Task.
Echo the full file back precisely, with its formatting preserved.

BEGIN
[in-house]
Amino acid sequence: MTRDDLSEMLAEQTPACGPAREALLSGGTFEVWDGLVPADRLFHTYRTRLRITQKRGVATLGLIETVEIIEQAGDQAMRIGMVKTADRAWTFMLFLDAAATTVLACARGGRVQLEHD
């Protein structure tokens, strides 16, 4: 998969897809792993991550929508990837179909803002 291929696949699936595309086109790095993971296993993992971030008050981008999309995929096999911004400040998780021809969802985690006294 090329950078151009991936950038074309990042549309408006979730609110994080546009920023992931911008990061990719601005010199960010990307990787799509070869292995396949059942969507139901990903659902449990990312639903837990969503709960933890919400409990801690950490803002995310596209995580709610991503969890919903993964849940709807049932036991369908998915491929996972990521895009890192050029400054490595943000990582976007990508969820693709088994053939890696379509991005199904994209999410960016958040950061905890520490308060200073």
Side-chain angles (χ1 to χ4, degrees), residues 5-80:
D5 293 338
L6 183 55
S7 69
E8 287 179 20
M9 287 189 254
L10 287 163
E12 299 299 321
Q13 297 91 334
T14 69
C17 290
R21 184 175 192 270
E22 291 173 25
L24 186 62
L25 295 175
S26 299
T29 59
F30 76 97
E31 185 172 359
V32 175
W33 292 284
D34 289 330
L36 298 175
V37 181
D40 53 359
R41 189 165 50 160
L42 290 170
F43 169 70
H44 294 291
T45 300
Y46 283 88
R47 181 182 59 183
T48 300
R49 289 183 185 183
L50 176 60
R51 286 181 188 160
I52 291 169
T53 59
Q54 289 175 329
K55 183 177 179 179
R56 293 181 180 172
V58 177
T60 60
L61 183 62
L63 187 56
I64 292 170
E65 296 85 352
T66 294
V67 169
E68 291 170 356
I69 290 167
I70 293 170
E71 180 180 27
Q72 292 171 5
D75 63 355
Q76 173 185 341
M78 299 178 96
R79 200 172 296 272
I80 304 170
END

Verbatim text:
[in-house]
Amino acid sequence: MTRDDLSEMLAEQTPACGPAREALLSGGTFEVWDGLVPADRLFHTYRTRLRITQKRGVATLGLIETVEIIEQAGDQAMRIGMVKTADRAWTFMLFLDAAATTVLACARGGRVQLEHD
């Protein structure tokens, strides 16, 4: 998969897809792993991550929508990837179909803002 291929696949699936595309086109790095993971296993993992971030008050981008999309995929096999911004400040998780021809969802985690006294 090329950078151009991936950038074309990042549309408006979730609110994080546009920023992931911008990061990719601005010199960010990307990787799509070869292995396949059942969507139901990903659902449990990312639903837990969503709960933890919400409990801690950490803002995310596209995580709610991503969890919903993964849940709807049932036991369908998915491929996972990521895009890192050029400054490595943000990582976007990508969820693709088994053939890696379509991005199904994209999410960016958040950061905890520490308060200073």
Side-chain angles (χ1 to χ4, degrees), residues 5-80:
D5 293 338
L6 183 55
S7 69
E8 287 179 20
M9 287 189 254
L10 287 163
E12 299 299 321
Q13 297 91 334
T14 69
C17 290
R21 184 175 192 270
E22 291 173 25
L24 186 62
L25 295 175
S26 299
T29 59
F30 76 97
E31 185 172 359
V32 175
W33 292 284
D34 289 330
L36 298 175
V37 181
D40 53 359
R41 189 165 50 160
L42 290 170
F43 169 70
H44 294 291
T45 300
Y46 283 88
R47 181 182 59 183
T48 300
R49 289 183 185 183
L50 176 60
R51 286 181 188 160
I52 291 169
T53 59
Q54 289 175 329
K55 183 177 179 179
R56 293 181 180 172
V58 177
T60 60
L61 183 62
L63 187 56
I64 292 170
E65 296 85 352
T66 294
V67 169
E68 291 170 356
I69 290 167
I70 293 170
E71 180 180 27
Q72 292 171 5
D75 63 355
Q76 173 185 341
M78 299 178 96
R79 200 172 296 272
I80 304 170